“When you have a program based on minimum standards you get minimum results.” – Darryl Bolke, Hardwired Tactical Shooting
“Private Joker is silly and he's ignorant, but he's got guts, and guts is enough. Now, you ladies carry on!” – GySgt. Hartman, Full Metal Jacket.
World-class instructor-trainer Clive Shepherd from his days with NRA LE Activities Division.
I began working toward a relevant defense handgun standard of achievement early in my career as a firearms instructor. One of the most insightful questions I’d ever heard about the ever-popular “qualification” was from Colour Sergeant Clive Shepherd, Royal Marines – after his service to the Crown had ended.
“What exactly are you qualified to do?” he asked.
Excellent point, which he amplified by concluding that the US LE quals he’d seen amounted to “Mickey Mouse accuracy tests.” He’d recommended doing the least possible in terms of quals – if the state requires a certain course fired once a year, do exactly that and no more of the testing thing. Move on to using time and ammo for training, which is a thing altogether different from “qualification.”
But that didn’t answer the question, which is “what is a relevant standard of achievement to be accomplished and documented that would allow us to rest comfortably knowing that you’re carrying a firearm in public?”
That’s a different kettle of fish. I was moved by what I’d seen at the Heckler & Koch International Training Division when I’d spent two weeks with them taking Tactical Pistol and Pistol Instructor. They had a “qualification,” reasonably similar to what I’d seen everywhere else. The also had the Standards, a collection of activities performed by an individual student in front of a particular instructor who’d document the performance. There was an accuracy standard part of each stage, but you had to show, for example, an accurate pair from the holster in a particular time frame. It was pass/fail; you did it or you didn’t.
That’s getting to the point: can I testify as to your skills at a particular time? With the standards, I have only to go to the record. When it’s a line drill, I just know I worked that during that shift, certain people shot a course of fire and each got their scores noted. I can’t testify as to whether a particular person did a particular skill properly for my approval.
I’m not the only one; our own Tactical Professor, Claude Werner, has been working to determine the standards to which we could reasonably hold a concealed carry practitioner. Taking it a step further, Karl Rehn and John Daub have worked through similar efforts to identify how to get training beyond the “1%” – having concluded that one percent or less of those lawfully allowed to carry guns avail themselves of formal training beyond that which is legally mandated.
Among the issues is “lack of interest,” though the time to take a 4-5 day class, along with travel, lodging, ammo costs and the costs of the class often compel people not to try. The number of people with permits (or otherwise lawfully armed) simply seem to “check the box” taking only the legally mandated training -- that’s all it takes to “get the ticket.” (That’s also a problem in civilian law enforcement – too much “checking the box,” not enough “taking care of business.”)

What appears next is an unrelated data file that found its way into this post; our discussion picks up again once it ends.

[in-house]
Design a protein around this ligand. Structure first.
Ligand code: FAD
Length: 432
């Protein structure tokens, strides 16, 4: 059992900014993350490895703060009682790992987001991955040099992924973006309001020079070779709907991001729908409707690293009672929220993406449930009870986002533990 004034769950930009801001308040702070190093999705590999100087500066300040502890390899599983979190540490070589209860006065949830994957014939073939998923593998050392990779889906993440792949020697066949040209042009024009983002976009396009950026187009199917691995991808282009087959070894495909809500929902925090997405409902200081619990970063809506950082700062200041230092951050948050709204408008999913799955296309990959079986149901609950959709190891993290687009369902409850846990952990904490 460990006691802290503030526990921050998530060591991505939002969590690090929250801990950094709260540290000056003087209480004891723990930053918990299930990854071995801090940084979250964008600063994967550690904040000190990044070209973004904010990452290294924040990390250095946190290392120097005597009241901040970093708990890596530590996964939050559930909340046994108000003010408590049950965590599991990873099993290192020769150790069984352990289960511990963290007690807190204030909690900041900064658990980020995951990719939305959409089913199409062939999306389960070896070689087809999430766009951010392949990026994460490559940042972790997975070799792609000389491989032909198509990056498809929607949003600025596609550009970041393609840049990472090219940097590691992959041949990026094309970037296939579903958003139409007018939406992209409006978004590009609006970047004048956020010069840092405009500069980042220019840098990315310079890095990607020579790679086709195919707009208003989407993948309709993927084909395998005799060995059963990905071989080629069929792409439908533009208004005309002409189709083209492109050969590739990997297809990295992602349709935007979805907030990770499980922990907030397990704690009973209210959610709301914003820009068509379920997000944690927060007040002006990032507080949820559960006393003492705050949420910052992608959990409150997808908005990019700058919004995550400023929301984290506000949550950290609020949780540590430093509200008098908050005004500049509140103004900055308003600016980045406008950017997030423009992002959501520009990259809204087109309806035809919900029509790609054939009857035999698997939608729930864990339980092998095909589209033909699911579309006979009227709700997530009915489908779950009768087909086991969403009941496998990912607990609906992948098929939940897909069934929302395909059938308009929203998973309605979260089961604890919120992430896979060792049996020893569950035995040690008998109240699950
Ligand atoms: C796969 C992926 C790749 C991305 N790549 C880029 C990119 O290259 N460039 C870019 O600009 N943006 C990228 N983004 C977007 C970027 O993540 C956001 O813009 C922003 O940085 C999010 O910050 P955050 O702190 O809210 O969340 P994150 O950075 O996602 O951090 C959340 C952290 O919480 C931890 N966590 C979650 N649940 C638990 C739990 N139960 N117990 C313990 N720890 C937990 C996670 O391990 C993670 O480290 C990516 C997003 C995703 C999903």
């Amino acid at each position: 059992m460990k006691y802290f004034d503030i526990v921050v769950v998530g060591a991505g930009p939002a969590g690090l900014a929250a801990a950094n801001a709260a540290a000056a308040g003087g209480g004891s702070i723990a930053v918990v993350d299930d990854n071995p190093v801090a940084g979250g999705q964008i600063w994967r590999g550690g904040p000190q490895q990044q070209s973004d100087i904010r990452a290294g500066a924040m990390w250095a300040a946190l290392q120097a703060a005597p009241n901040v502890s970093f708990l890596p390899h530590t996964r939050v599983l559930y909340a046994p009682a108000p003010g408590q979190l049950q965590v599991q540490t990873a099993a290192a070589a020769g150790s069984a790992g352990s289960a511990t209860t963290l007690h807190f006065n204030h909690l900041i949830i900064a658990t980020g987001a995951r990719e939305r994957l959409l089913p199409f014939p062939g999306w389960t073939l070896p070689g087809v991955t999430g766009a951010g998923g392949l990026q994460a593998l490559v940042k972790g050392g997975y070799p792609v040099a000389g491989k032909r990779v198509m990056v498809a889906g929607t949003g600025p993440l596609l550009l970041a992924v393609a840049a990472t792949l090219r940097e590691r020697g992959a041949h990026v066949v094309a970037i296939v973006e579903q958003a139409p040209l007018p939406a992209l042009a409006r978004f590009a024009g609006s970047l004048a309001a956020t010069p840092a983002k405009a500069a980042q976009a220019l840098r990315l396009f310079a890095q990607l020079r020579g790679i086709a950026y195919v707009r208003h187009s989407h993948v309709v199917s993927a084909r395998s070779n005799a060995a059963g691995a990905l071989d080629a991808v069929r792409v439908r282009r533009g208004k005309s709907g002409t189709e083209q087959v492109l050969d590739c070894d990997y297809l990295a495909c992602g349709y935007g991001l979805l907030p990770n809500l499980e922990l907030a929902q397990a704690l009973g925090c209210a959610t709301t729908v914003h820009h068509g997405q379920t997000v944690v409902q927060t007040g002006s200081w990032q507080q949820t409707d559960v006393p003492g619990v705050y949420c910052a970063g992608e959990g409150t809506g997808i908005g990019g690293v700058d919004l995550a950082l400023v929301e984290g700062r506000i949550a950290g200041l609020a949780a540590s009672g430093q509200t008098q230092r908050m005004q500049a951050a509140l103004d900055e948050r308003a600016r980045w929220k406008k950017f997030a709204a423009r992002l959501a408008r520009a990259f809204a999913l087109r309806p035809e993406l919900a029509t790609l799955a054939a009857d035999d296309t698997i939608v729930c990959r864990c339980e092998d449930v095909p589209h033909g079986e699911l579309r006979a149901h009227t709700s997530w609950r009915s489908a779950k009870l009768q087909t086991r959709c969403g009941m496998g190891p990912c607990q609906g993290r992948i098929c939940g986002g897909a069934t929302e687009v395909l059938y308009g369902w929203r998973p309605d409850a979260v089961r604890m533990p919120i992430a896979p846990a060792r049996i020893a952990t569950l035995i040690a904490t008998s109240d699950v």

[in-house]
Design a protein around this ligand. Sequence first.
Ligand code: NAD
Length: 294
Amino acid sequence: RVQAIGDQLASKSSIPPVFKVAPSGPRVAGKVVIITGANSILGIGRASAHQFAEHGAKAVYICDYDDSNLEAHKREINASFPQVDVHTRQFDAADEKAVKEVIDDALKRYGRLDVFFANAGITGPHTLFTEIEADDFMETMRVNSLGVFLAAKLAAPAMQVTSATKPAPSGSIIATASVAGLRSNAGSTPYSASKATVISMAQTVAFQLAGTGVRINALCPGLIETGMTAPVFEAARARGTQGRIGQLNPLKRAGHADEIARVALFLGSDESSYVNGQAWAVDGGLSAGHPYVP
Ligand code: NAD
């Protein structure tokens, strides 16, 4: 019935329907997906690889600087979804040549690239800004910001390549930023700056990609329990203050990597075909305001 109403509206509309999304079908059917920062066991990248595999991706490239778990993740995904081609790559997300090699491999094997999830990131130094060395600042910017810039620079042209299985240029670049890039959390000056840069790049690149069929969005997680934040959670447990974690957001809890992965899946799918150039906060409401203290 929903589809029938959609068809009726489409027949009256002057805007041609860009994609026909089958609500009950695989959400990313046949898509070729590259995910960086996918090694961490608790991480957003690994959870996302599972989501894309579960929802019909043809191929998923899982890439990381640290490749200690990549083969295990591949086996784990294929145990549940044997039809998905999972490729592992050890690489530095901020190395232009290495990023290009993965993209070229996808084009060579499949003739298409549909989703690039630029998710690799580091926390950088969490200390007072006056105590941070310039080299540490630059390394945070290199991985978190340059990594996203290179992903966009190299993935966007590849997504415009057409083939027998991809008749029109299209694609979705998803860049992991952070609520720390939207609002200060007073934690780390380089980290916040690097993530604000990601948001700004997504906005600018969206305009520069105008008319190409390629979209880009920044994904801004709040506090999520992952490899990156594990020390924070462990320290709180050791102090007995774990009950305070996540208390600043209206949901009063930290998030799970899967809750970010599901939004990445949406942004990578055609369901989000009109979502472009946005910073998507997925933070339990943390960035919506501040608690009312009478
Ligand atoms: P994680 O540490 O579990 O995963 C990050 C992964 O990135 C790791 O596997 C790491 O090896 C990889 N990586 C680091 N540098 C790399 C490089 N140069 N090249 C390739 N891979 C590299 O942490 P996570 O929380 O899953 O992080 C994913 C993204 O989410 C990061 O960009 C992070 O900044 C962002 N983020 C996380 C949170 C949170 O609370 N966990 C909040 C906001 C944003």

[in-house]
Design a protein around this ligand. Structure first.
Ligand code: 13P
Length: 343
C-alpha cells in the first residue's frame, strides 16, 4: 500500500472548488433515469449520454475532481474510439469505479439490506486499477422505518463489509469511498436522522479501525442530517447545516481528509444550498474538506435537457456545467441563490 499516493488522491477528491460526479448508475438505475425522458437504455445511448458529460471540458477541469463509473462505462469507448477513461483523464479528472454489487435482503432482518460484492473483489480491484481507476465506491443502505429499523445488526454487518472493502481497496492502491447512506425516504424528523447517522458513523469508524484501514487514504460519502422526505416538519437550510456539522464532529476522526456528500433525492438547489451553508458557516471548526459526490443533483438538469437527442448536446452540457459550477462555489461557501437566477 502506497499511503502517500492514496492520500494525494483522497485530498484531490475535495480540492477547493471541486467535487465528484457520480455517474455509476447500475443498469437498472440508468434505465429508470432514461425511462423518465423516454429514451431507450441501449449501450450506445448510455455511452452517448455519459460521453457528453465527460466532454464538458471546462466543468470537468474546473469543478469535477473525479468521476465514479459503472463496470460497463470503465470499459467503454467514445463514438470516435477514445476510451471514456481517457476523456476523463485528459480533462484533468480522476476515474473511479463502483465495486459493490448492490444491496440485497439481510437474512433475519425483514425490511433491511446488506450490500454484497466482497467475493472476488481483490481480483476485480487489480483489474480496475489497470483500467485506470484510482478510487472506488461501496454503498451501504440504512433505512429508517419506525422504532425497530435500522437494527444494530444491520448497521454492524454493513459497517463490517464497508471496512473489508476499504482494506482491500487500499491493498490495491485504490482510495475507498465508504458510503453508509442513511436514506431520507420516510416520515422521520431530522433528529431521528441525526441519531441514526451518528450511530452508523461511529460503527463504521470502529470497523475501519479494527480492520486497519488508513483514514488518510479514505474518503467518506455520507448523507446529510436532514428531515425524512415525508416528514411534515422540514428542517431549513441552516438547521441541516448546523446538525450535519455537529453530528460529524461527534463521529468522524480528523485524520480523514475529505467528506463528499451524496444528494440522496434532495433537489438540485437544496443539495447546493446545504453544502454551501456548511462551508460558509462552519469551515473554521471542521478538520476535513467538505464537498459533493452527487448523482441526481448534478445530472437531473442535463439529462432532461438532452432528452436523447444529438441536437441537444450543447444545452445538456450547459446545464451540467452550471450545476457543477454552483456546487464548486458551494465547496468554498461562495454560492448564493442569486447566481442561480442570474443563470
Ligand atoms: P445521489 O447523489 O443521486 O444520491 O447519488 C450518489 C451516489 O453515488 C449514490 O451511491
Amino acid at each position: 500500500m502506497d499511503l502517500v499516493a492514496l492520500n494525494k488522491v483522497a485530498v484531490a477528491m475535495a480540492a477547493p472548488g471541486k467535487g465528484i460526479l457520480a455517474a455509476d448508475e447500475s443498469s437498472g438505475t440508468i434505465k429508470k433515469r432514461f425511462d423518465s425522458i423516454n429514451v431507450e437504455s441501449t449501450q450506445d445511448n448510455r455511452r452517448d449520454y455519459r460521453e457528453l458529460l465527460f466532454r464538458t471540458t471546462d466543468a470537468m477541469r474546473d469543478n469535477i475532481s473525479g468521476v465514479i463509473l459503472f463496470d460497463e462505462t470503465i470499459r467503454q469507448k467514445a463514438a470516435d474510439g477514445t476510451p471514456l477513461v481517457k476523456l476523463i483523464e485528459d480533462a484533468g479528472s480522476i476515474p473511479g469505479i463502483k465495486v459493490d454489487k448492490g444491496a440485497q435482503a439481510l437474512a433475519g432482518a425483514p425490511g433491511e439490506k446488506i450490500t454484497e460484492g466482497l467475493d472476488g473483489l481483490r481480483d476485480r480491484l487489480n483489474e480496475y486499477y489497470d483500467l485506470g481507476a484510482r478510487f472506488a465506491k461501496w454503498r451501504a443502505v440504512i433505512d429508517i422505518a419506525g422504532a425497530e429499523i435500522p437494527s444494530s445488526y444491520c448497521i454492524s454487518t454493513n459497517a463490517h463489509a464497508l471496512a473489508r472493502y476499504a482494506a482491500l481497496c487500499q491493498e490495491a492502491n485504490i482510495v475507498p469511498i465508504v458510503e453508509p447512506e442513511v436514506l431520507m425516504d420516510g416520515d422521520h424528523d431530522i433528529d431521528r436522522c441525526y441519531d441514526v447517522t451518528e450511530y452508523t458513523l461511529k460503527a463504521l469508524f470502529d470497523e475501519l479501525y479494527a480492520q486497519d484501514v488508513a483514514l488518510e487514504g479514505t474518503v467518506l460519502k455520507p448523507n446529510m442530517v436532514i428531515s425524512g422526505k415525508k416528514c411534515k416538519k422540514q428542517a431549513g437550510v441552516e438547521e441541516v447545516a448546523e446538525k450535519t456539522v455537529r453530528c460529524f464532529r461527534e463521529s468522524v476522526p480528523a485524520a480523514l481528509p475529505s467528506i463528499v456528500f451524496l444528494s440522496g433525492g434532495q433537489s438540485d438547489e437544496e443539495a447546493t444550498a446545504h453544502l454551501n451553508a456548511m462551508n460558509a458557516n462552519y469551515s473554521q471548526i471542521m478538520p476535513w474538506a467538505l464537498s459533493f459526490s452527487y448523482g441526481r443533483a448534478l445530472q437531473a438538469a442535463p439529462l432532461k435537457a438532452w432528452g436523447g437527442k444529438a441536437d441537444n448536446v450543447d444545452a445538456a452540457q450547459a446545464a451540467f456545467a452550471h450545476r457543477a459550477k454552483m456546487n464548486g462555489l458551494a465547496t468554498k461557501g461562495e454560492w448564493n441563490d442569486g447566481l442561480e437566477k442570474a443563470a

Rehn and Daub’s book, Strategies and Standards for Defensive Handgun Training (Columbia, SC: 2019), documents their examination of the issues involved in getting people to train and figuring out what they should know as they go along.
You’ll notice that, while motor vehicle collisions account for far more death and suffering, few people avail themselves of driver training meant to minimize the chances of such an outcome. Same with first aid and trauma medical training.
Beyond trainee motivations and the popularity of “play” classes, they raise this question: “What do you need, what minimum level of competence does one need to exceed (my addition) to have a reasonable chance of positive outcome in a deadly force event?
Further, what about the legal, medical and psychological aspects post-event?
Those who have untested, unvalidated “confidence” in their skills are afflicted with Dunning-Kruger; these are folks who are ‘safe enough.’ According to the data collected by Claude Werner, there’s something to that in the sense that the violent offenders may be less able than the victim-defenders. That could be a thing called “luck.” Or it could be “guts,” referred to in the quote above.
Yes, that's Bill Wilson shooting during a match I attended in NE Oklahoma in 1980.
I’d attended the cash matches in the chat piles near Commerce, Oklahoma after a “novice” win at bullseye and a disaster at PPC during our state peace officers’ convention. I discovered that I hadn’t known what I didn’t know. This was 1980 and a competitor was a watch repairman-jeweler from Berryville Arkansas. His name was Bill Wilson.
I did learn a few things just by watching him shoot. As to learning online, too much of that is, as noted by the authors, “gear-centric,” something ace trainer, peace officer and writer Greg Ellifritz found in his Active Response Training blog. If it was dumping on someone’s (poor) gear selection, it was gold dust. If it was skills drills, the result amounted to chirping crickets.
What do we need to know - and be able to perform - to win the fight? GLOCK's "Gen1 Instructor" Chris Edwards shows it's nice to be able to shoot one-handed with the wrong hand - but how often has that skill actually been needed in the fight?
Going through all this requires listing the problems in finding a relevant standard of achievement for the topic area. As I continue this evaluation – and review of Karl and John’s book – we’ll get a look at the problems to be solved so as to determine the best resolution.
That’ll be next week –
- - Rich Grassi